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The toolkit provides a grounding in risk control and business continuity, with particular reference to the COVID-19 pandemic response. With its step-by-step guidance, checklist, and various tools, the toolkit becomes a self-learning tool for SME leaders across the world, so that they can better address risks and build their own gender- responsive business continuity management system.
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UN Women is a lead technical partner for supporting gender mainstreaming in the programme. In 2021, in addition to the establishment of partnership, as a result of UN Women’s advocacy and technical support, a Gender Action Plan has been developed, with an aim for enhancing the gender responsiveness of the programme interventions, at a total cost of USD 173 million. The Gender Action Plan has been integrated into the Project Management Manual for local government partners for guiding implementation at 10 pilot counties in Hunan from 2022 to 2026.
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Check out the profiles of the 2020 gender champions and learn the impacts they have created in enabling a more gender-equal business world.
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UN Women and the Rockcheck Puji Foundation are committed to upholding women’s rights and their leadership potential in pandemic preparedness, response and recovery. In May 2020 UN Women China, funded by the Rockcheck Puji Foundation, launched Supporting women to recover from the socio-economic impacts of COVID-19, a project that focused on women entrepreneurs, workers and women-owned small and medium-sized enterprises (SMEs).
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Effective coordination and referrals are essential to respond to the needs of women migrant workers subject to violence. Safe and Fair has created a regional service directory for this purpose. The service directory enables referrals of women, including women migrant workers survivors of violence, by sharing information on available violence against women (VAW) specialized service providers across the region.
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The 2019 Annual Report of the United Nations in China highlights results and impacts in the following priority areas; poverty reduction and equitable development, improved and sustainable environment, enhanced global engagement with an emphasis on cross-cutting areas such as gender equality, and leaving no one behind.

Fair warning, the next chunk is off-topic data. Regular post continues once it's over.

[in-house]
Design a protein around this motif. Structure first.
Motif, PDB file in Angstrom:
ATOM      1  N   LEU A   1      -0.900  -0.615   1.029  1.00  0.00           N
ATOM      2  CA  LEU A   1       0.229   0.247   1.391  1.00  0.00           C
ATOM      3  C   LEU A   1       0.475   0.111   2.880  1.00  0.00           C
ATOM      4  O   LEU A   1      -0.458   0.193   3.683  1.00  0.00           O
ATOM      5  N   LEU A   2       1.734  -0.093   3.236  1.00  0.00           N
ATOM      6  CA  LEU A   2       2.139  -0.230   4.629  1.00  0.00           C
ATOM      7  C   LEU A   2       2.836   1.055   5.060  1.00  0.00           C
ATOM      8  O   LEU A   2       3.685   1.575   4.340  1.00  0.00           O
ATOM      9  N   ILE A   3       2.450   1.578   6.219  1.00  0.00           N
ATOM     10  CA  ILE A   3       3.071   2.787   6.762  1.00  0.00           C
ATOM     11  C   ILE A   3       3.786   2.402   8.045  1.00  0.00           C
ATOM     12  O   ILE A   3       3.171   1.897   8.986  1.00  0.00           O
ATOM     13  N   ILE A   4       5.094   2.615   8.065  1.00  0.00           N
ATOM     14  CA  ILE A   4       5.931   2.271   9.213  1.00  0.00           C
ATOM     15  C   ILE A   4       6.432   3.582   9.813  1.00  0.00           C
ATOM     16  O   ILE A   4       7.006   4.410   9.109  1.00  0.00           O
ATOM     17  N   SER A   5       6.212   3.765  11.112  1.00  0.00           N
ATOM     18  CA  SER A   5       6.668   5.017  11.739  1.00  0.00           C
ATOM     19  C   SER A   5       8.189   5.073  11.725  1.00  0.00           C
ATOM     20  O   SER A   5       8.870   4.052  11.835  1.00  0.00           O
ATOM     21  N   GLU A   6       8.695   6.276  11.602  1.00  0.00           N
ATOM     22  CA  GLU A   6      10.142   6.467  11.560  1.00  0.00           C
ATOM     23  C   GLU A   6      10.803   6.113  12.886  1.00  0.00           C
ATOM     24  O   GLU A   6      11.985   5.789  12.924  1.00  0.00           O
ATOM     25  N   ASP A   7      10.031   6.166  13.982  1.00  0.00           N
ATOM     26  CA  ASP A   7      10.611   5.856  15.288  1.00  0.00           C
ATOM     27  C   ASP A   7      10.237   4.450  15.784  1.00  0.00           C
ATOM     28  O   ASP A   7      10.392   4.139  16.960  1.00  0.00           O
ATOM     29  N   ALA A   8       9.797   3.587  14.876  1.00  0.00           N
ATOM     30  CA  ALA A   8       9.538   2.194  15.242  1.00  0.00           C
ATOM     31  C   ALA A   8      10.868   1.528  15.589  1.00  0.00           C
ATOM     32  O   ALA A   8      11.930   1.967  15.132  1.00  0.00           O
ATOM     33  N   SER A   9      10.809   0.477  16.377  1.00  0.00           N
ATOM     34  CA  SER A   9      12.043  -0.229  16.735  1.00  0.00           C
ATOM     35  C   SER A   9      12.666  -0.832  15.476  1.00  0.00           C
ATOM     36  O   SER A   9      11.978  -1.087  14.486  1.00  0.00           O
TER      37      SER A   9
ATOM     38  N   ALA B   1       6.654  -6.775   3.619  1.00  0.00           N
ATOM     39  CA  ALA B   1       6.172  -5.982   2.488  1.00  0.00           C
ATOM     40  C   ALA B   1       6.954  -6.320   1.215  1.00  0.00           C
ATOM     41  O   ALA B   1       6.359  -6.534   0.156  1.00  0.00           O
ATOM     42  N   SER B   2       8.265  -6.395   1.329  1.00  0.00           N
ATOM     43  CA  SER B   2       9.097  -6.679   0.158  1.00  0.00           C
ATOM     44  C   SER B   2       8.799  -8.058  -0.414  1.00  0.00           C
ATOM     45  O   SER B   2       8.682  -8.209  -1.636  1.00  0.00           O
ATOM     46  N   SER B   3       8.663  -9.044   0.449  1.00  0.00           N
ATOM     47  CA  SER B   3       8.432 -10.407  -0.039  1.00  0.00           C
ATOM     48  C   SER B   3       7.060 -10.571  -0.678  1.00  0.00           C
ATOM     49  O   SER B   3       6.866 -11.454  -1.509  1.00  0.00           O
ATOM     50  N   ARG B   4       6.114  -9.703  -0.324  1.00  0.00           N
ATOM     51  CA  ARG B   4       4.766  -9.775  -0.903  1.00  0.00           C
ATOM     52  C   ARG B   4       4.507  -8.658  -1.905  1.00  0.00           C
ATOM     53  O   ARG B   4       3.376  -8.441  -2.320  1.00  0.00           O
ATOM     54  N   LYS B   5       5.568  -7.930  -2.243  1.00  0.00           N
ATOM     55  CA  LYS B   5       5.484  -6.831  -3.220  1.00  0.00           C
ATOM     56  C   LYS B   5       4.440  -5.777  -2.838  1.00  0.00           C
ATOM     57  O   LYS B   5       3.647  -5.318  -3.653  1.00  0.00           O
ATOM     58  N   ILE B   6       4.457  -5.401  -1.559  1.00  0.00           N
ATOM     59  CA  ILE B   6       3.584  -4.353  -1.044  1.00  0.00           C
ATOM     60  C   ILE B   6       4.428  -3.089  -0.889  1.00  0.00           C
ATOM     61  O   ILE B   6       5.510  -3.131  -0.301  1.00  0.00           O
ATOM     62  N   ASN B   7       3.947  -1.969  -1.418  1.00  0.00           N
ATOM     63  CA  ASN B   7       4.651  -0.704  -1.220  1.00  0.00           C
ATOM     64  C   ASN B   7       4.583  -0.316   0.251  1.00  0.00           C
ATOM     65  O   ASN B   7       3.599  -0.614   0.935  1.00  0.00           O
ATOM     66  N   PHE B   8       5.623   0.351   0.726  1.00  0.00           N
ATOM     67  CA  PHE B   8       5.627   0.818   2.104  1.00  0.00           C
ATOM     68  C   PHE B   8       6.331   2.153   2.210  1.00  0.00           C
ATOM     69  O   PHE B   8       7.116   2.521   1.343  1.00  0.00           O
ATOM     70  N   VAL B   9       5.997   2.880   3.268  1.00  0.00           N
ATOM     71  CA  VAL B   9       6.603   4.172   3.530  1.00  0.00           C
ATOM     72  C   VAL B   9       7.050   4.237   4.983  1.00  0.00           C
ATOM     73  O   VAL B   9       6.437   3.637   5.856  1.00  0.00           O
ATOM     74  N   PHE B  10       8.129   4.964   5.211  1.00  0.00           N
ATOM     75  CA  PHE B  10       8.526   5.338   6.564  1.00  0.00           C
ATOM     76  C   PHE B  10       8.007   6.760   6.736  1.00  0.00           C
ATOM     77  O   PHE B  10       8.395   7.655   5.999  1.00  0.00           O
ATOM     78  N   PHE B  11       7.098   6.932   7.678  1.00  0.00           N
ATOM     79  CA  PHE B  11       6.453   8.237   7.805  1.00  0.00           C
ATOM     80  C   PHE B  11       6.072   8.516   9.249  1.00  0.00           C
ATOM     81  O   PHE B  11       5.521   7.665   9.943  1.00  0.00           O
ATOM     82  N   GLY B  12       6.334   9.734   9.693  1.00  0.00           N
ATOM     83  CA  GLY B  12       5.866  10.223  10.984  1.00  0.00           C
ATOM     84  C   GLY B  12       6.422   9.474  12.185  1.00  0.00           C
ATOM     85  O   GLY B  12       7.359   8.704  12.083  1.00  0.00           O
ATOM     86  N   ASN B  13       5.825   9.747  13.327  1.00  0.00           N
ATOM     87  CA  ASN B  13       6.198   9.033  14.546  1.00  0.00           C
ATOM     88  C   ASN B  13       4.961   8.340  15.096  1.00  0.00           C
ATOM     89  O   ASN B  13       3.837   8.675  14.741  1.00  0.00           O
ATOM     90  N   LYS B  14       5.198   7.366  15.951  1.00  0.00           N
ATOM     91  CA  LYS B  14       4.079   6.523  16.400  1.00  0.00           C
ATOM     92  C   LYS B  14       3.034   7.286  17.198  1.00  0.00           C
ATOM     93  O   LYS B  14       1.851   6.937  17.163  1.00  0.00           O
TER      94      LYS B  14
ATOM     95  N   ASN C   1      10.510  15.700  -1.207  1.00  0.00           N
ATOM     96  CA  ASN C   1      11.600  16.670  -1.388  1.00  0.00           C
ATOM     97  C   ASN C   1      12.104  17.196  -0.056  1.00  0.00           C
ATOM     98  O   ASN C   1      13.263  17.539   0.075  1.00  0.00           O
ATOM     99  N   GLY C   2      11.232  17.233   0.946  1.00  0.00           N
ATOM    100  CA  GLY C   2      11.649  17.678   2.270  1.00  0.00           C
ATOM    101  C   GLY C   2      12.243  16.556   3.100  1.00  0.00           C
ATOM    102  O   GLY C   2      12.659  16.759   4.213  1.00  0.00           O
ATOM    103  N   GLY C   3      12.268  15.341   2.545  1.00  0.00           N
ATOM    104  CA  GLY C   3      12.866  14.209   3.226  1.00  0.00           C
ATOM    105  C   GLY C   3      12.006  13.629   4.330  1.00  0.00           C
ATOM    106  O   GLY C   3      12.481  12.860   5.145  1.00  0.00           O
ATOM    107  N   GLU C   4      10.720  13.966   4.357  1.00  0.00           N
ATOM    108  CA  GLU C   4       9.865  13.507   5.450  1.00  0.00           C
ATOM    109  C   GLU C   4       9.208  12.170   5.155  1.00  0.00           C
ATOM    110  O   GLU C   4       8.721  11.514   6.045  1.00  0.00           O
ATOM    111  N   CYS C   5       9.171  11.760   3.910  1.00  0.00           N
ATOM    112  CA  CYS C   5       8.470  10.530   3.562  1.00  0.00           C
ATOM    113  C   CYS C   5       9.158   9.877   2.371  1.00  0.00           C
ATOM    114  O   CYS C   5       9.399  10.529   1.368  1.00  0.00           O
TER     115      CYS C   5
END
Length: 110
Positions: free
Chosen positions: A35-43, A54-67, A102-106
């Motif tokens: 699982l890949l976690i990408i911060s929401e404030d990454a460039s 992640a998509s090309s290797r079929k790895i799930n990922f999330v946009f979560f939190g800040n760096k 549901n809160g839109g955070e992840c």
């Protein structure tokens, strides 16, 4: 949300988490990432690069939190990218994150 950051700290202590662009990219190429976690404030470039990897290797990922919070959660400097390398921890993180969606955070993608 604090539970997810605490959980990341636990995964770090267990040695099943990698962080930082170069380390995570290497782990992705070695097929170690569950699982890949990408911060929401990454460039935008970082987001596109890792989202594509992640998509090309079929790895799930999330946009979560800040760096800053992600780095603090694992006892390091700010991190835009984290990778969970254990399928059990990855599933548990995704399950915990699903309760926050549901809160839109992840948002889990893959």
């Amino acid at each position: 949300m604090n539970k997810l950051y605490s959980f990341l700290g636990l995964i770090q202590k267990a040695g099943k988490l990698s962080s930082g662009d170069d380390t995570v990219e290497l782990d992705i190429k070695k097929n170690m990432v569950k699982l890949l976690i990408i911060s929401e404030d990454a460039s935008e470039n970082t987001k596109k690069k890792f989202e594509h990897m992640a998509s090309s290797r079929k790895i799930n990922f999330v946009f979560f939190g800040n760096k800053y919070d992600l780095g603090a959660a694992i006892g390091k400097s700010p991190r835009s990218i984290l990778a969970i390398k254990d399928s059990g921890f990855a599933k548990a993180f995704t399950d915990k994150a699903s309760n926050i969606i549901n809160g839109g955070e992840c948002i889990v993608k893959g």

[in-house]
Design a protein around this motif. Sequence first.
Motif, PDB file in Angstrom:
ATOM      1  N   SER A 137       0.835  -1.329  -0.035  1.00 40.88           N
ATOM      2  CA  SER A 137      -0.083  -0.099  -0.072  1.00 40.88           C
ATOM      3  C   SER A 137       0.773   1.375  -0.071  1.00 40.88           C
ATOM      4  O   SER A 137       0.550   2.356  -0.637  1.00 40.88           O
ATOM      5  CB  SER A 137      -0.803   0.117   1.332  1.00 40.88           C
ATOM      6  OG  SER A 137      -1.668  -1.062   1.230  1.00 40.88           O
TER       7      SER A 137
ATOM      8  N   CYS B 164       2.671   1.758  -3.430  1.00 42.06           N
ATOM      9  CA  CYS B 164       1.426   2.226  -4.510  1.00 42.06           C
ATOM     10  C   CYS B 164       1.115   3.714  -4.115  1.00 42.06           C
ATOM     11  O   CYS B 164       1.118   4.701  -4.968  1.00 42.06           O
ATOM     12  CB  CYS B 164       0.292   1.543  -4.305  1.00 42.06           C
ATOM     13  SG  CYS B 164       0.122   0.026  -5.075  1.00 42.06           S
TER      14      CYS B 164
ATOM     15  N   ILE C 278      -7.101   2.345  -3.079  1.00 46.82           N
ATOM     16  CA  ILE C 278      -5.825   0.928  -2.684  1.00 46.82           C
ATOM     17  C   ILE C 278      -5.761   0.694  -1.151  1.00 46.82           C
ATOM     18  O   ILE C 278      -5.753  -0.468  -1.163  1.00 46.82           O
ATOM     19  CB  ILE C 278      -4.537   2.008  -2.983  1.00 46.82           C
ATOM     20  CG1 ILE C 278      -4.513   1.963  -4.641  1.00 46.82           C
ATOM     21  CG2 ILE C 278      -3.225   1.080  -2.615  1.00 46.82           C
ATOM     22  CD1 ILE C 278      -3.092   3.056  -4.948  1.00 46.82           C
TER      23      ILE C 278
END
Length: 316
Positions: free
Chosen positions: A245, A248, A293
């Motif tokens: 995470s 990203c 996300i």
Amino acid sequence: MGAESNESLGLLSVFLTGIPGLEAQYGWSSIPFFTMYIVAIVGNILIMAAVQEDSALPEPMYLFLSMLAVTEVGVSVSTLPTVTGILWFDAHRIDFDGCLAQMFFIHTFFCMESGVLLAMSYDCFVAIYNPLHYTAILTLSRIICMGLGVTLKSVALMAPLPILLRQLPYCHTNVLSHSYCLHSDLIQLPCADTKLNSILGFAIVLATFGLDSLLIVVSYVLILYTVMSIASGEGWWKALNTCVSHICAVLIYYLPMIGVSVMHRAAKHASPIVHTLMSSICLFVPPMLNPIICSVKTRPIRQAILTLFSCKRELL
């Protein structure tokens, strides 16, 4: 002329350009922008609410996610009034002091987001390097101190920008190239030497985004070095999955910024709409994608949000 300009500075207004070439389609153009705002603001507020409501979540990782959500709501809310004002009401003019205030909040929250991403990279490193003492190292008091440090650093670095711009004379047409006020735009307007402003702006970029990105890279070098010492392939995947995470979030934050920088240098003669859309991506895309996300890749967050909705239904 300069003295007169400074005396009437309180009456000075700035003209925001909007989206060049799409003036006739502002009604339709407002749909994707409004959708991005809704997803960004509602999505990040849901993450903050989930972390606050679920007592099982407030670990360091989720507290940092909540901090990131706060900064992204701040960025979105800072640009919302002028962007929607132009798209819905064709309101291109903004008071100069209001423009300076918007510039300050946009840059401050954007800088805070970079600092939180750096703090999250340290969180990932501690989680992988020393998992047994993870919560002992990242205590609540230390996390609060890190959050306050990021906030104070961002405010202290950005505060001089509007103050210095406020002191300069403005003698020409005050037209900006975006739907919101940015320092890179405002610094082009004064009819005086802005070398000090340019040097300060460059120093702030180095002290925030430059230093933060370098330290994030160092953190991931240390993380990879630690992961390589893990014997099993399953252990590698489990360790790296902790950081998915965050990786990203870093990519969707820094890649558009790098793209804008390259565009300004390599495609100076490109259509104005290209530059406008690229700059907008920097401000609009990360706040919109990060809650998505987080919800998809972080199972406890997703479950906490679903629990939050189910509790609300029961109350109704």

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This bulletin features stories, events, announcements, publications and resources as well as updates on the implementation of WeEmpowerAsia programme.
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Now, nearly a decade later, the TRIANGLE in ASEAN programme (ILO) and Safe and Fair programme (ILO and UN Women) have conducted a similar survey of 4,099 nationals to track trends of attitudes in three of the above countries. One of the original four countries was changed, with the Republic of Korea replaced by Japan, given its emergence as an important destination country for low-skilled migrant workers in Asia. Certain questions from the first survey were repeated to allow for identification...
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A study on impact of protective policies for Myanmar Migrant Domestic Workers in Thailand and Singapore presented the situation of women migrating to Thailand and Singapore for domestic work in light of the ban, highlighting their realities and risks at each stage of migration. The study was undertaken to identify the national and international legal and policy frameworks relevant to the whole of migration cycle for both the Myanmar-Thailand and Myanmar-Singapore corridors. The report also...
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China is a key player in the global efforts to mitigate climate change. Meanwhile, China is vulnerable to the adverse impacts of climate change in various ways, including through disasters such as floods, droughts and typhoons. Commissioned by UN Women China, this publication presents the findings of new...
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The Royal Government of Bhutan has endorsed gender responsive planning and budgeting (GRPB) as a key strategy to achieve the larger goal of gender mainstreaming. Although, still at a nascent stage, the government has taken a number of critical institutional as well as policy measures that serve as critical entry points for strengthening GRPB in the country. In light of the gains achieved thus far, UN Women with support from the Asian Development Bank conducted GRPB analysis of three sectors...